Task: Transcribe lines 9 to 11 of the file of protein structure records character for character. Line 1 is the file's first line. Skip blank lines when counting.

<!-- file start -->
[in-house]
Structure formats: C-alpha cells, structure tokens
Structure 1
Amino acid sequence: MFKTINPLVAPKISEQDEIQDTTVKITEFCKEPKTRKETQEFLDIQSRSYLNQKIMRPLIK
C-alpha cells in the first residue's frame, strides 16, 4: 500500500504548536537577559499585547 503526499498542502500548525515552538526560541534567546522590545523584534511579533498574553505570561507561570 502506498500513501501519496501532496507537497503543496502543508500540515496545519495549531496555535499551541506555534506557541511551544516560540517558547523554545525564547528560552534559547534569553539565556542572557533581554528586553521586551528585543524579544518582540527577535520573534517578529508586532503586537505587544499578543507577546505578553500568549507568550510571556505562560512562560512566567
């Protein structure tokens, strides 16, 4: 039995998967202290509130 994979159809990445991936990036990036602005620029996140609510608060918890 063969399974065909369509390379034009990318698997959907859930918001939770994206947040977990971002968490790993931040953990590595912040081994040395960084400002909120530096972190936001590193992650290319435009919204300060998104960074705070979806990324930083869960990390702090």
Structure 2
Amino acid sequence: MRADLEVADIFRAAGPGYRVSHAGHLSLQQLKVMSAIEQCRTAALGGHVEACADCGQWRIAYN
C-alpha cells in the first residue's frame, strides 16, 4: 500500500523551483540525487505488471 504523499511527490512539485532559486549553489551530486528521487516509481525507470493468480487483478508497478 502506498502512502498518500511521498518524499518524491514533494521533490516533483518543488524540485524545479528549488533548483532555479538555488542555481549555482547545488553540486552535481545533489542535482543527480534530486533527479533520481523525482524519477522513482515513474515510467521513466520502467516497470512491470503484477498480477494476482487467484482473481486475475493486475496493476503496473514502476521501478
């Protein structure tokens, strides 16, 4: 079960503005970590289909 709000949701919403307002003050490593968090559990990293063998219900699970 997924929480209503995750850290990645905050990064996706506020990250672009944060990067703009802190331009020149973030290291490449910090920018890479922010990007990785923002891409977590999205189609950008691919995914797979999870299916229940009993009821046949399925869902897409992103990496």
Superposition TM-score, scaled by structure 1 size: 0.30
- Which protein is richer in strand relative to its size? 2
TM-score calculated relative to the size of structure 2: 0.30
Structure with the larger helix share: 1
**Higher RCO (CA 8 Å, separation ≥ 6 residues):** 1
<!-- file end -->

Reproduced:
C-alpha cells in the first residue's frame, strides 16, 4: 500500500523551483540525487505488471 504523499511527490512539485532559486549553489551530486528521487516509481525507470493468480487483478508497478 502506498502512502498518500511521498518524499518524491514533494521533490516533483518543488524540485524545479528549488533548483532555479538555488542555481549555482547545488553540486552535481545533489542535482543527480534530486533527479533520481523525482524519477522513482515513474515510467521513466520502467516497470512491470503484477498480477494476482487467484482473481486475475493486475496493476503496473514502476521501478
């Protein structure tokens, strides 16, 4: 079960503005970590289909 709000949701919403307002003050490593968090559990990293063998219900699970 997924929480209503995750850290990645905050990064996706506020990250672009944060990067703009802190331009020149973030290291490449910090920018890479922010990007990785923002891409977590999205189609950008691919995914797979999870299916229940009993009821046949399925869902897409992103990496």
Superposition TM-score, scaled by structure 1 size: 0.30